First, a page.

THOUGHT FOR THE WEEK: Dr Billy and the train driver

Undated handout photo of the Rev David Clarke, elected Wednesday February 8th 2006 as the new Moderator of the Presbyterian Church in Ireland. Rev Clarke, who has been minister of Terrace Row Church in Coleraine, Co Londonderry for over 20 years, is the son of a butcher, and his brother played professional football for Sunderland. See PA story ULSTER Church. PRESS ASSOCIATION photo. Photo credit should read: PA
Undated handout photo of the Rev David Clarke, elected Wednesday February 8th 2006 as the new Moderator of the Presbyterian Church in Ireland. Rev Clarke, who has been minister of Terrace Row Church in Coleraine, Co Londonderry for over 20 years, is the son of a butcher, and his brother played professional football for Sunderland. See PA story ULSTER Church. PRESS ASSOCIATION photo. Photo credit should read: PA

A great man died last Wednesday, and news outlets across the world have been fulsome in their tributes.

Their reticence was nor an illustration of the old Latin maxim about not speaking ill of the dead, but a genuine acknowledgment that in Dr. Billy Graham, the world had seen a man of genuine sincerity, humility and integrity.

Billy Graham had his critics, of course. Some found his interpretation of the Christian faith too simplistic, while others thought his presentation of the call to faith surrounded with too much emotionalism. An evangelist of an earlier century, D.L. Moody was once challenged by someone who said that he did not like Moody’s method of evangelism. ‘Well, then, ‘ said Moody, ‘Tell me your method’. When the critic was speechless, Moody remarked, ‘I prefer my way of doing evangelism to your way of not doing it!’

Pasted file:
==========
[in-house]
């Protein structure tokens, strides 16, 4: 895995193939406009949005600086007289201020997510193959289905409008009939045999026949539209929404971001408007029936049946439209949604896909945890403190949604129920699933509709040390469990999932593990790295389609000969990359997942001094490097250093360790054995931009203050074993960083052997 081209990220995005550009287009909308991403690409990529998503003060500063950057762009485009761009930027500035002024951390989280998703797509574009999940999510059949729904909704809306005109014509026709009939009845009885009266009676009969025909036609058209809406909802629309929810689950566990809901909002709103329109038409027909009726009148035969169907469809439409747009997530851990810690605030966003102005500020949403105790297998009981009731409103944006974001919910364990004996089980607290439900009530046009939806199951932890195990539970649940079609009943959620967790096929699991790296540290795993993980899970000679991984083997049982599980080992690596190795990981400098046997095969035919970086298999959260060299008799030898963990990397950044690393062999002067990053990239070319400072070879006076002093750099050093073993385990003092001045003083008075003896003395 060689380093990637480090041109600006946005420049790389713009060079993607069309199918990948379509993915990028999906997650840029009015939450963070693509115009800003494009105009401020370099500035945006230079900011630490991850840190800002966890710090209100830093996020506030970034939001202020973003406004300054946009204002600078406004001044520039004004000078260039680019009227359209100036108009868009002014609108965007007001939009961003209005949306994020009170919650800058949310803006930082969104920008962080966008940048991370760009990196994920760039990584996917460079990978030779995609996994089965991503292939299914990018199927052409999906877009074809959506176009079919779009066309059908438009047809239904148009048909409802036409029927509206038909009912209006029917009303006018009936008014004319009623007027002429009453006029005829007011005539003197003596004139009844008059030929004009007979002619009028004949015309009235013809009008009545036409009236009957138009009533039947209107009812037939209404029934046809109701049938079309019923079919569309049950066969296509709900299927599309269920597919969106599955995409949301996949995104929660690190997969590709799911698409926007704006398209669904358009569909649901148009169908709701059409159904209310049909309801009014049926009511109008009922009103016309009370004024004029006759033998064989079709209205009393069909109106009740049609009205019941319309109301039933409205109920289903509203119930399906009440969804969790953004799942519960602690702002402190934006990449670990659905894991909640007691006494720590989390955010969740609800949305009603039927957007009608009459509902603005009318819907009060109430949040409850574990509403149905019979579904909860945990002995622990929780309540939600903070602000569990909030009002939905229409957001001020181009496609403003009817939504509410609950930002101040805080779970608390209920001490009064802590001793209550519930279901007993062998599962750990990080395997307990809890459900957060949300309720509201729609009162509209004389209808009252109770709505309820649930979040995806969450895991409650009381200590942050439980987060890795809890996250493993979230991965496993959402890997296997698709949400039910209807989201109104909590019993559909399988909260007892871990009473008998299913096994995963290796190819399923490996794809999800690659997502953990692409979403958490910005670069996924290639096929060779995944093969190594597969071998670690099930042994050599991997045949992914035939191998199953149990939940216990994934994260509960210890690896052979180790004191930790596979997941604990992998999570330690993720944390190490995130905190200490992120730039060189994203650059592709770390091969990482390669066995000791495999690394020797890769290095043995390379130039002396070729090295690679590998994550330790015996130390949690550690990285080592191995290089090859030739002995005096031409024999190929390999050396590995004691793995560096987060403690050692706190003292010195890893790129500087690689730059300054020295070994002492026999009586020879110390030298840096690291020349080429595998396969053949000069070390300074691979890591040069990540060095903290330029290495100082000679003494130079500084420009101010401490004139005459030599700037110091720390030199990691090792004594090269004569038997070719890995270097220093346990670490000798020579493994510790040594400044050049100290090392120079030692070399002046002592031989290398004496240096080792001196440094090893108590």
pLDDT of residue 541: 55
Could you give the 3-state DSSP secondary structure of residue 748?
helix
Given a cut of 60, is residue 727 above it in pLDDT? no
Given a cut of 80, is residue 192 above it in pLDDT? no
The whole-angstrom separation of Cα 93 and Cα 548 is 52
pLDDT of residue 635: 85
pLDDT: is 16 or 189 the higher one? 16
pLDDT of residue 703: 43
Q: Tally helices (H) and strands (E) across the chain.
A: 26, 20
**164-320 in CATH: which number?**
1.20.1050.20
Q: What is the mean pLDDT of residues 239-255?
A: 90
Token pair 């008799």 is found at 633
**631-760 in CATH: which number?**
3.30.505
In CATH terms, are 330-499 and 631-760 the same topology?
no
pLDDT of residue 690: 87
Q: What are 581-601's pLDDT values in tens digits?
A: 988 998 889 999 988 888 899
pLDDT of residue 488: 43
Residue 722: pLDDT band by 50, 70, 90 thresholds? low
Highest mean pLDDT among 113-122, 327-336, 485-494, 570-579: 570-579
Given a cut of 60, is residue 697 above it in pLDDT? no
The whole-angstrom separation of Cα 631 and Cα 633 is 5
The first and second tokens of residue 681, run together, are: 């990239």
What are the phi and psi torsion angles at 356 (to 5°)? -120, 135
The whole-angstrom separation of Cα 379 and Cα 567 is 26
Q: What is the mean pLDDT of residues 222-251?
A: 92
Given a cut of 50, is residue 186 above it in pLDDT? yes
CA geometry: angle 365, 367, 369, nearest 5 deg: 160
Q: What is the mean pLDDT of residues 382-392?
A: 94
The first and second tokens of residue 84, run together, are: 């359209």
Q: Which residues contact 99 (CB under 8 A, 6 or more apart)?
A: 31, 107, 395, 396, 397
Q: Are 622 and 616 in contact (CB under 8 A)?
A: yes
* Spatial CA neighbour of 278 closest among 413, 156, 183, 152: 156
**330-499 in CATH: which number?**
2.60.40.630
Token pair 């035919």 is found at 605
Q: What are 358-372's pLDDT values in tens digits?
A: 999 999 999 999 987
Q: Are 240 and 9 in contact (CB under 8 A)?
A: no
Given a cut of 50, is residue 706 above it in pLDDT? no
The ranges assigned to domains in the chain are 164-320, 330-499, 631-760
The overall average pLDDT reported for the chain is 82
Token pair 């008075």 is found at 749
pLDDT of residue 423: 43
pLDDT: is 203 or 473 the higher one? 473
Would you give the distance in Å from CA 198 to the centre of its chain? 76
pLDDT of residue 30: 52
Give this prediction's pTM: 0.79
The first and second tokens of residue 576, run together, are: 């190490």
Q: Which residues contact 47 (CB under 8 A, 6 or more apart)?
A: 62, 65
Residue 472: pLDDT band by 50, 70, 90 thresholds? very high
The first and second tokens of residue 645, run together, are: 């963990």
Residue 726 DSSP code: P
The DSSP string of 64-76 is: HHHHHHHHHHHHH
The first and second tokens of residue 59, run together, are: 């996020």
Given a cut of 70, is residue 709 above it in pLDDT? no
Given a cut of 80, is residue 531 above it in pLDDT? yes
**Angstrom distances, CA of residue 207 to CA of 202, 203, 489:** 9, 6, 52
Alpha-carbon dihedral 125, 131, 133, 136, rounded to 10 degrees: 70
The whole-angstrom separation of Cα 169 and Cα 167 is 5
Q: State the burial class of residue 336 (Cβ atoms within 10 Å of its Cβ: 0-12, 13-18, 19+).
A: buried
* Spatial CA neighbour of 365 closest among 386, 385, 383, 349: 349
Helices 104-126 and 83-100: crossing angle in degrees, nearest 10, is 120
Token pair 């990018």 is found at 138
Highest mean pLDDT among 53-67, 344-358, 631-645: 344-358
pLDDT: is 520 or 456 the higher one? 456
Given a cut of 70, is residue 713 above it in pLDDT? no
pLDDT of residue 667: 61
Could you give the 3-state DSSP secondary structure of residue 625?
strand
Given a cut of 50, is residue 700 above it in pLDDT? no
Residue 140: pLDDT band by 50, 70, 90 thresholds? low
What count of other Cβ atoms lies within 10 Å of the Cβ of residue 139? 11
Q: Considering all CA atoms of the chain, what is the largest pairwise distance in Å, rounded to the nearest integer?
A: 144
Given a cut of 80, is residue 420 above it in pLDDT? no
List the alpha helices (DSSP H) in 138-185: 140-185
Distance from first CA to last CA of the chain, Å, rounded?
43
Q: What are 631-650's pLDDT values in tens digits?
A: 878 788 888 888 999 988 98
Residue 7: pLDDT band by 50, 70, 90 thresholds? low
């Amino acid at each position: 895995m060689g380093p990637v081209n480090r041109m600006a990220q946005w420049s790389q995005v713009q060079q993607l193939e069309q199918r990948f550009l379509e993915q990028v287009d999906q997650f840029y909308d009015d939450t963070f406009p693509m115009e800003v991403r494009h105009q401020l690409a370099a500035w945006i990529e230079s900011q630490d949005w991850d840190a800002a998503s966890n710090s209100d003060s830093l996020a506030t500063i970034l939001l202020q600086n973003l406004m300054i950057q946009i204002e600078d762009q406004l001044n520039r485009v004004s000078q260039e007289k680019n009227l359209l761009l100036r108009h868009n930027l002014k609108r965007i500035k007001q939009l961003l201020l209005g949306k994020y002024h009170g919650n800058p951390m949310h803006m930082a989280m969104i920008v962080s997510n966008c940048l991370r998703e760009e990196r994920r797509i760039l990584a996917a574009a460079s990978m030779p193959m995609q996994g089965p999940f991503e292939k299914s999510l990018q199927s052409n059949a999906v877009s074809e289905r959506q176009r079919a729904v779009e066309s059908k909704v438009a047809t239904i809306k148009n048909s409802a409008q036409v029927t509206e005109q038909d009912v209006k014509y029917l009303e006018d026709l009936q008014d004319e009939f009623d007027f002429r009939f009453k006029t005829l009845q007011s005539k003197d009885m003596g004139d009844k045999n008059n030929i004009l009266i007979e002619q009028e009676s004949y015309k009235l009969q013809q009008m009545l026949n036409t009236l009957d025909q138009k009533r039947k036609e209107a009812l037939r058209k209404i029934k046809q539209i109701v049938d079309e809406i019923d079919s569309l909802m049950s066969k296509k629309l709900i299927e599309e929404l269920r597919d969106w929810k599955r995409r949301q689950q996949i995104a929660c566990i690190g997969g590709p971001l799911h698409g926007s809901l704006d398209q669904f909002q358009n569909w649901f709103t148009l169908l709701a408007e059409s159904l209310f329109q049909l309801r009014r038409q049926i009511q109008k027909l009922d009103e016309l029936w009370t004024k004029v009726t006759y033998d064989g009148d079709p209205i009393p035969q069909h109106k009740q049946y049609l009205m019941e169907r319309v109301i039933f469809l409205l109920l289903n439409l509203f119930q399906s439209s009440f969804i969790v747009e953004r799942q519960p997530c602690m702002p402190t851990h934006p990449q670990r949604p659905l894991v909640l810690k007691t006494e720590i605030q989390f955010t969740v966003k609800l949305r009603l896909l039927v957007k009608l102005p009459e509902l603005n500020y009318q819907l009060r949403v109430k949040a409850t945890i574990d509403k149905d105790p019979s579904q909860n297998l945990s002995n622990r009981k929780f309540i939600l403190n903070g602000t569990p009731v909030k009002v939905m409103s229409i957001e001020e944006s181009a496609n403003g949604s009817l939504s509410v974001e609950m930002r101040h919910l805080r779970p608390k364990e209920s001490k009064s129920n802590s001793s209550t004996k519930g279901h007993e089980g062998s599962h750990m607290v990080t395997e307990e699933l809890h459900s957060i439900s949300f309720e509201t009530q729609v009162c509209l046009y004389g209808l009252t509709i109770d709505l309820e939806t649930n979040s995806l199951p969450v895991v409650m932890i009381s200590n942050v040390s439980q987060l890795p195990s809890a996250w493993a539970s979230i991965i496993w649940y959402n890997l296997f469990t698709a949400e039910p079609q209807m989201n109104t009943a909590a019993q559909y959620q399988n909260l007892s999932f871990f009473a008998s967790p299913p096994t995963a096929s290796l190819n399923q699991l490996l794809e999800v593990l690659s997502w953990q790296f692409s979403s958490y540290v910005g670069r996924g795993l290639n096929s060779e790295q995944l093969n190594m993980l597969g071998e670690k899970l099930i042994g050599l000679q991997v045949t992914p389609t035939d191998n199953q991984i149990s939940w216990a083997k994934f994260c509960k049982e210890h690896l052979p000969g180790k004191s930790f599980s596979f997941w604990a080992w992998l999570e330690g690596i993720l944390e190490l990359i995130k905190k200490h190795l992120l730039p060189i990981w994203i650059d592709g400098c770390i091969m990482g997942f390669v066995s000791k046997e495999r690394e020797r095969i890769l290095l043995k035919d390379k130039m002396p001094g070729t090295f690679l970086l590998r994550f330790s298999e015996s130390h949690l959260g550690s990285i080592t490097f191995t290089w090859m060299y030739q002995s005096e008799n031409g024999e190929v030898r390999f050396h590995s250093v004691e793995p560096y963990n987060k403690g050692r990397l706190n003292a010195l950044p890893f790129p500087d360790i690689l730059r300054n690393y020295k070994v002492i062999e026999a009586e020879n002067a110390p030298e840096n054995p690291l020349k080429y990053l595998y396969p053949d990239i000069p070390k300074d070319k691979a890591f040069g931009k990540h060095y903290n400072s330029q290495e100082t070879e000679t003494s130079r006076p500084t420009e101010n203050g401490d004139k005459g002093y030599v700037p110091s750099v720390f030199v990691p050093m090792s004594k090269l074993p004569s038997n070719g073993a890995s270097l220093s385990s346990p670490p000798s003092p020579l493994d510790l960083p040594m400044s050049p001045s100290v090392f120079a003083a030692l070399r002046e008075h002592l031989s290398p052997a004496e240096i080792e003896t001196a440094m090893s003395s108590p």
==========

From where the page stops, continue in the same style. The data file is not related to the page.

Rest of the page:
At the outset of Graham’s ministry , he recognised that two particular problems often undermine Christian witness; namely, sexual misbehaviour and financial aggrandisment. He made it a rule never to meet or dine alone with any lady other than his wife. Some might feel such a decision too extreme, but in the light of recent allegations in Britain who can say that he was misguided? He was determined that no action of his would bring that Christian faith into disrepute. Once when scheduled to have a private meeting with Hillary Clinton, he insisted that the meeting take place in a hotel dining-room.

Early in his ministry, financial matters were entrusted to a body of trustees, who awarded him only a modest salary. Like Abraham, he was determined that no one could claim to have made him rich (Genesis 14;23).

A story from one of Graham’s early books, ‘World Aflame ‘ often comes to mind. A boy was travelling alone on a train. Fellow-passengers asked him how far he was travelling. He replied that he was going to the terminus. ‘Are you nor afraid, making such a long journey all alone?’ ‘No’, replied the boy’ You see my Father is the engine driver’. That was Billy Graham’s confidence too. He believed firmly that this is God’s world, redeemed by Jesus Christ, and that ultimately God’s truth would prevail, and his cause be vindicated.

Billy has reached the end of the journey, and of him it can be said that he fought the good fight, finished the course and kept the faith (2 Timothy 4;7). When comes such another?